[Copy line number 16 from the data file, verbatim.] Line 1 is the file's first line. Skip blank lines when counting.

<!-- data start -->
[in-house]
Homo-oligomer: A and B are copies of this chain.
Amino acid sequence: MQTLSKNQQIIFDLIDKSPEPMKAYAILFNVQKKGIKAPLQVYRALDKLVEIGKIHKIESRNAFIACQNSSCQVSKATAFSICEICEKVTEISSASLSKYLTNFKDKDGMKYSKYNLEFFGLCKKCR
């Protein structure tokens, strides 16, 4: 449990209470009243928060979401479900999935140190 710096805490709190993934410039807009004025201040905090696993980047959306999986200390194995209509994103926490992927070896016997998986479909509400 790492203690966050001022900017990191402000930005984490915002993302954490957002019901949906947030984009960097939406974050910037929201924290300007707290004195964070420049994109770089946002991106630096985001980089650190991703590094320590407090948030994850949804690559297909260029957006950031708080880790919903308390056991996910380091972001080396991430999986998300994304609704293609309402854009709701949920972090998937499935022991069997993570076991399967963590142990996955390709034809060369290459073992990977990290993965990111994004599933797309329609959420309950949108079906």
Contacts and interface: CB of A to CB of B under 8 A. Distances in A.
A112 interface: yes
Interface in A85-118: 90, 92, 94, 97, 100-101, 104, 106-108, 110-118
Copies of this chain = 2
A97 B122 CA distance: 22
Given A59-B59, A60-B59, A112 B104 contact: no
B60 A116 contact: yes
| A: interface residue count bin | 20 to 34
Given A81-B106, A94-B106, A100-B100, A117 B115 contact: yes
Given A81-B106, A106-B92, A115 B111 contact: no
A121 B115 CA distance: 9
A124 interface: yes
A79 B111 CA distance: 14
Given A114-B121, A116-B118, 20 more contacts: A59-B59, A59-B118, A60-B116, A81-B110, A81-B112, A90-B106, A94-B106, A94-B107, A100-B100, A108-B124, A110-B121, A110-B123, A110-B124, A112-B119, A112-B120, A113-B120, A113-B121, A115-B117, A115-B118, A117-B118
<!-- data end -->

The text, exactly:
A124 interface: yes